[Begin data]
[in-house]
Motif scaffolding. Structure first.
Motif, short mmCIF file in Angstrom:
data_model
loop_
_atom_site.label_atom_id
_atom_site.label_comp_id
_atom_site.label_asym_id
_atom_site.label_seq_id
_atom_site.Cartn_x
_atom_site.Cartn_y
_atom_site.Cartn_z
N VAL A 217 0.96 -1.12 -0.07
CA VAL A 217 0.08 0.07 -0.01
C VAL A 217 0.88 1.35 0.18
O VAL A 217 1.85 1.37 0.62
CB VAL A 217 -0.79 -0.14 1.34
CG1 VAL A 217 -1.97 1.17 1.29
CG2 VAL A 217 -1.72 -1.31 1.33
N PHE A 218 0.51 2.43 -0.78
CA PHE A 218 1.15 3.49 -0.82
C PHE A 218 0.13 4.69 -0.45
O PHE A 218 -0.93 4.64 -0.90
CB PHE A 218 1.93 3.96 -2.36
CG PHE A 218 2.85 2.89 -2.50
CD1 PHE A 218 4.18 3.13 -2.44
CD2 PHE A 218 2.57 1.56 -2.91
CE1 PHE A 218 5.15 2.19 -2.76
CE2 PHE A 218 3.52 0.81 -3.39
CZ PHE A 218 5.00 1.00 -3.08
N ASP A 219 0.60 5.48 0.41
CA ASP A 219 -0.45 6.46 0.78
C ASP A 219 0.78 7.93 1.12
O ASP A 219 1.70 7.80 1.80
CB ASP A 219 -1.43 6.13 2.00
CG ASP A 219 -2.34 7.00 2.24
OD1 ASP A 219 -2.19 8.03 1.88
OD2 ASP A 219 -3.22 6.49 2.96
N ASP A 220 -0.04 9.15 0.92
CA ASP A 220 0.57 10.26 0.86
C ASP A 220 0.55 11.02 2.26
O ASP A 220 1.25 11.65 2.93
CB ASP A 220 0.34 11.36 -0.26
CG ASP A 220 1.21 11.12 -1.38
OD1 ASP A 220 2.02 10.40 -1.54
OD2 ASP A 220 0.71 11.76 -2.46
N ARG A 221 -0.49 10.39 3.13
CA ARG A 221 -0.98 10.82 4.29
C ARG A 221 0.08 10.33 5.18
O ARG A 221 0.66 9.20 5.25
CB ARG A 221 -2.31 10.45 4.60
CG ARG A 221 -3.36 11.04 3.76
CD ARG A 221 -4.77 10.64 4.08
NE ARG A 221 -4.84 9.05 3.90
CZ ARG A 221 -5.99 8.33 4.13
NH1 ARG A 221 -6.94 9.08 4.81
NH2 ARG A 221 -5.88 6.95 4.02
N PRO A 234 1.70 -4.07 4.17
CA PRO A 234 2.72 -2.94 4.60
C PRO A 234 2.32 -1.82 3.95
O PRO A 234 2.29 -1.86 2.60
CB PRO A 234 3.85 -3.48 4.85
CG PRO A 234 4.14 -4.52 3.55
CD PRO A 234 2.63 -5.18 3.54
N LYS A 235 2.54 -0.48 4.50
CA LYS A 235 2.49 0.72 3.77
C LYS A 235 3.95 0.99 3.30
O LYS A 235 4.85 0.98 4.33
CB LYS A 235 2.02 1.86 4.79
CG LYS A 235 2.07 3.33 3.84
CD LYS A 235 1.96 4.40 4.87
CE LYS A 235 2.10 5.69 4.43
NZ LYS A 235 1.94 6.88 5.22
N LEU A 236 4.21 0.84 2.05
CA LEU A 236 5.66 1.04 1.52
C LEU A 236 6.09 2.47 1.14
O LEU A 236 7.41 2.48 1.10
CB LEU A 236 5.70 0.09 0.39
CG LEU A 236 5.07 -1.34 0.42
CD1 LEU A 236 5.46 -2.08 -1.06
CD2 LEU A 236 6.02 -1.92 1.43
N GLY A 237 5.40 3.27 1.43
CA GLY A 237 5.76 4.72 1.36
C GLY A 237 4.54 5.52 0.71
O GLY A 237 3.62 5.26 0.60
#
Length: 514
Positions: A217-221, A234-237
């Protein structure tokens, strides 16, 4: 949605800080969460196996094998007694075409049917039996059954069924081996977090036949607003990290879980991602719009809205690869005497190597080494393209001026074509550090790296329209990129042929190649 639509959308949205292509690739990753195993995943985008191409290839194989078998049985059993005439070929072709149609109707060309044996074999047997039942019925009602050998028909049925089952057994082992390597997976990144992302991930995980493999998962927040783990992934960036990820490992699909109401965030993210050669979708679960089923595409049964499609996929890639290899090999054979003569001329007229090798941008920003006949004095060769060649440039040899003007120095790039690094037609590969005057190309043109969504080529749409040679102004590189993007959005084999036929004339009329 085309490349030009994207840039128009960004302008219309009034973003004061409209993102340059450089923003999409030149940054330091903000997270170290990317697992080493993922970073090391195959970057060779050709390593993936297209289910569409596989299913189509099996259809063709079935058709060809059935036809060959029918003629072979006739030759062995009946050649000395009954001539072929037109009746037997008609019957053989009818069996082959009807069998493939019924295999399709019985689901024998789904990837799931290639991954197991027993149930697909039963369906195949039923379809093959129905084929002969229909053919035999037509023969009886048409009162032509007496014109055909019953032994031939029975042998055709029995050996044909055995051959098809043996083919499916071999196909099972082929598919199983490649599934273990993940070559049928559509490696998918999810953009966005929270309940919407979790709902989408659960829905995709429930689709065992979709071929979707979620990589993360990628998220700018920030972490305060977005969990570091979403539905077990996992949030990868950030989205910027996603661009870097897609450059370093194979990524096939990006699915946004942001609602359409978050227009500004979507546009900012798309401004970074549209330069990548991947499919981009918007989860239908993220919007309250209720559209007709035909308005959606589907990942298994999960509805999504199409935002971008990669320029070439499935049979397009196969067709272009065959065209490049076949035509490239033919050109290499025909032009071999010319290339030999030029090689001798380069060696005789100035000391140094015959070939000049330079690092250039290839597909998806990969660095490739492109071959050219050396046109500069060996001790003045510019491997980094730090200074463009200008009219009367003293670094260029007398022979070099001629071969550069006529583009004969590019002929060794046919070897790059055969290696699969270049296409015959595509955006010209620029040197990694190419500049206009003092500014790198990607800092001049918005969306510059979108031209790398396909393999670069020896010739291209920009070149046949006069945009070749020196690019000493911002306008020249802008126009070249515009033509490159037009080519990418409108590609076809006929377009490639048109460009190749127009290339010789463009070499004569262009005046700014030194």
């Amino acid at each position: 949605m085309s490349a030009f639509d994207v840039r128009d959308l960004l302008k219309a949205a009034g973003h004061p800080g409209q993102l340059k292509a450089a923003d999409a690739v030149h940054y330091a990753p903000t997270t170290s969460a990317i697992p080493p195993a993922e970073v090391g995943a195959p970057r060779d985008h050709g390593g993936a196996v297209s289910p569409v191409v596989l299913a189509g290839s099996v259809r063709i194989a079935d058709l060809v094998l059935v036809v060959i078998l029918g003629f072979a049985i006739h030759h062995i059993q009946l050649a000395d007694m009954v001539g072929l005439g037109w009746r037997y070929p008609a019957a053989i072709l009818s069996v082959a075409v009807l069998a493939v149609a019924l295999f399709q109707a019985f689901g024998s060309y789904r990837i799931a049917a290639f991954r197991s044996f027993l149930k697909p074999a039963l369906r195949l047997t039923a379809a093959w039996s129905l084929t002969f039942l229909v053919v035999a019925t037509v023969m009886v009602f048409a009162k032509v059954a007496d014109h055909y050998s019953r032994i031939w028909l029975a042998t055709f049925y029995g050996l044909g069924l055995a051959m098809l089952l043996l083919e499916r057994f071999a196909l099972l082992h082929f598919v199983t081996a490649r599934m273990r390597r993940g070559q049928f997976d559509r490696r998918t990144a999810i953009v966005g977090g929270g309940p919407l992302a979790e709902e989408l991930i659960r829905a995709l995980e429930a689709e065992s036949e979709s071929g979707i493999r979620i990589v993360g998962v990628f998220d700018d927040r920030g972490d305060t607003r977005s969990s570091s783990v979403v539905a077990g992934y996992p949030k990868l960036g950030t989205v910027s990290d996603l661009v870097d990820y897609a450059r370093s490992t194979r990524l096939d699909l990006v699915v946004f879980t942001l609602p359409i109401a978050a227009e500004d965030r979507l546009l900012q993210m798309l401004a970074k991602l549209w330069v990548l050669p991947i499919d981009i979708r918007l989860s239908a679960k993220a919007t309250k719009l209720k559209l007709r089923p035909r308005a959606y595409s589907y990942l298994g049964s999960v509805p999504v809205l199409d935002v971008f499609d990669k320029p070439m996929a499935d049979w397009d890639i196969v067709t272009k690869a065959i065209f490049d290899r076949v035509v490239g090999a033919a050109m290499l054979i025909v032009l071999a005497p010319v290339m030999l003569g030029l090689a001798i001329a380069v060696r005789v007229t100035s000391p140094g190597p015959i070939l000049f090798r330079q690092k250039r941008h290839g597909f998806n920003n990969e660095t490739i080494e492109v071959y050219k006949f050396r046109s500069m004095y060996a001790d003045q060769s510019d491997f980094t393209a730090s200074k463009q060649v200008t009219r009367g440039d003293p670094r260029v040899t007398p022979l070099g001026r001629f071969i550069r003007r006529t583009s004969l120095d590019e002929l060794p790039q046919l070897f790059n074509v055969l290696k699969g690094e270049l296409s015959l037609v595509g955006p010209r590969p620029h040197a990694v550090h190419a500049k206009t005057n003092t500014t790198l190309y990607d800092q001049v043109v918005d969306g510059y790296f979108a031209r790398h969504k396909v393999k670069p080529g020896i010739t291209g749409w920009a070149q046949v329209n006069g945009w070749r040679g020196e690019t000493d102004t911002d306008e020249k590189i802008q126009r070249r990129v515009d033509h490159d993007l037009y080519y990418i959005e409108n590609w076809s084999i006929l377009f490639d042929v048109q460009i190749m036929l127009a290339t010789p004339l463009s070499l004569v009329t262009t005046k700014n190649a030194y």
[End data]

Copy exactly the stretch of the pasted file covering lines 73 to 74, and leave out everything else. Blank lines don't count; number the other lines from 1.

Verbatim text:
NZ LYS A 235 1.94 6.88 5.22
N LEU A 236 4.21 0.84 2.05